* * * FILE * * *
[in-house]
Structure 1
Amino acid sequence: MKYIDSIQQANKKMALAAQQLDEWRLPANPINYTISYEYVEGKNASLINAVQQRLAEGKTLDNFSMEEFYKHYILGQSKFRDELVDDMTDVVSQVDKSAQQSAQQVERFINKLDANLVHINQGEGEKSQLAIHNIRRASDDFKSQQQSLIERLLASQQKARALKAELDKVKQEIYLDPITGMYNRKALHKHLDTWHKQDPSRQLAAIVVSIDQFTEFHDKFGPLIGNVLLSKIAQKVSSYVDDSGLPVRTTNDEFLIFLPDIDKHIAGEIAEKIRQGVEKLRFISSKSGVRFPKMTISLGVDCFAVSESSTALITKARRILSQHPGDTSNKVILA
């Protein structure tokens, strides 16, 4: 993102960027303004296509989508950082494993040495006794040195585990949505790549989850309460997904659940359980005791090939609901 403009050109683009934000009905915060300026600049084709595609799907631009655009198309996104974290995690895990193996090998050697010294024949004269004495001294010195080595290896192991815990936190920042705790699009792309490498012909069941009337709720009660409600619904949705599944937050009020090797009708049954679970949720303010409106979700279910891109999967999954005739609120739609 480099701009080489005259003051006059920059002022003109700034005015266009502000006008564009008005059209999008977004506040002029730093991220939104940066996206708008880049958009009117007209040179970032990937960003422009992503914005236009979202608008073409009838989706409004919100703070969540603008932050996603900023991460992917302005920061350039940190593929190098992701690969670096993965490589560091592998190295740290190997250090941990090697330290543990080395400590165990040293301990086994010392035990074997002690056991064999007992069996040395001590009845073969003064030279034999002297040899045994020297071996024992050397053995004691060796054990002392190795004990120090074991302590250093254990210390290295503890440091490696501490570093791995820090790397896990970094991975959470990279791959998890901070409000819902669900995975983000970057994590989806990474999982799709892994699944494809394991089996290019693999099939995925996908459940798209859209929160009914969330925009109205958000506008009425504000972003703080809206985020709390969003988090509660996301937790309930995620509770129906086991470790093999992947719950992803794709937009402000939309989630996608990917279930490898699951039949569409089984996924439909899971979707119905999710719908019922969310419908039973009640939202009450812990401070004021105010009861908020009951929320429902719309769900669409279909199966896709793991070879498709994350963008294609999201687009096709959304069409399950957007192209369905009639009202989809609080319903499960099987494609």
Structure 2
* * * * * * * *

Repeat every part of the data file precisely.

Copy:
[in-house]
Structure 1
Amino acid sequence: MKYIDSIQQANKKMALAAQQLDEWRLPANPINYTISYEYVEGKNASLINAVQQRLAEGKTLDNFSMEEFYKHYILGQSKFRDELVDDMTDVVSQVDKSAQQSAQQVERFINKLDANLVHINQGEGEKSQLAIHNIRRASDDFKSQQQSLIERLLASQQKARALKAELDKVKQEIYLDPITGMYNRKALHKHLDTWHKQDPSRQLAAIVVSIDQFTEFHDKFGPLIGNVLLSKIAQKVSSYVDDSGLPVRTTNDEFLIFLPDIDKHIAGEIAEKIRQGVEKLRFISSKSGVRFPKMTISLGVDCFAVSESSTALITKARRILSQHPGDTSNKVILA
């Protein structure tokens, strides 16, 4: 993102960027303004296509989508950082494993040495006794040195585990949505790549989850309460997904659940359980005791090939609901 403009050109683009934000009905915060300026600049084709595609799907631009655009198309996104974290995690895990193996090998050697010294024949004269004495001294010195080595290896192991815990936190920042705790699009792309490498012909069941009337709720009660409600619904949705599944937050009020090797009708049954679970949720303010409106979700279910891109999967999954005739609120739609 480099701009080489005259003051006059920059002022003109700034005015266009502000006008564009008005059209999008977004506040002029730093991220939104940066996206708008880049958009009117007209040179970032990937960003422009992503914005236009979202608008073409009838989706409004919100703070969540603008932050996603900023991460992917302005920061350039940190593929190098992701690969670096993965490589560091592998190295740290190997250090941990090697330290543990080395400590165990040293301990086994010392035990074997002690056991064999007992069996040395001590009845073969003064030279034999002297040899045994020297071996024992050397053995004691060796054990002392190795004990120090074991302590250093254990210390290295503890440091490696501490570093791995820090790397896990970094991975959470990279791959998890901070409000819902669900995975983000970057994590989806990474999982799709892994699944494809394991089996290019693999099939995925996908459940798209859209929160009914969330925009109205958000506008009425504000972003703080809206985020709390969003988090509660996301937790309930995620509770129906086991470790093999992947719950992803794709937009402000939309989630996608990917279930490898699951039949569409089984996924439909899971979707119905999710719908019922969310419908039973009640939202009450812990401070004021105010009861908020009951929320429902719309769900669409279909199966896709793991070879498709994350963008294609999201687009096709959304069409399950957007192209369905009639009202989809609080319903499960099987494609």
Structure 2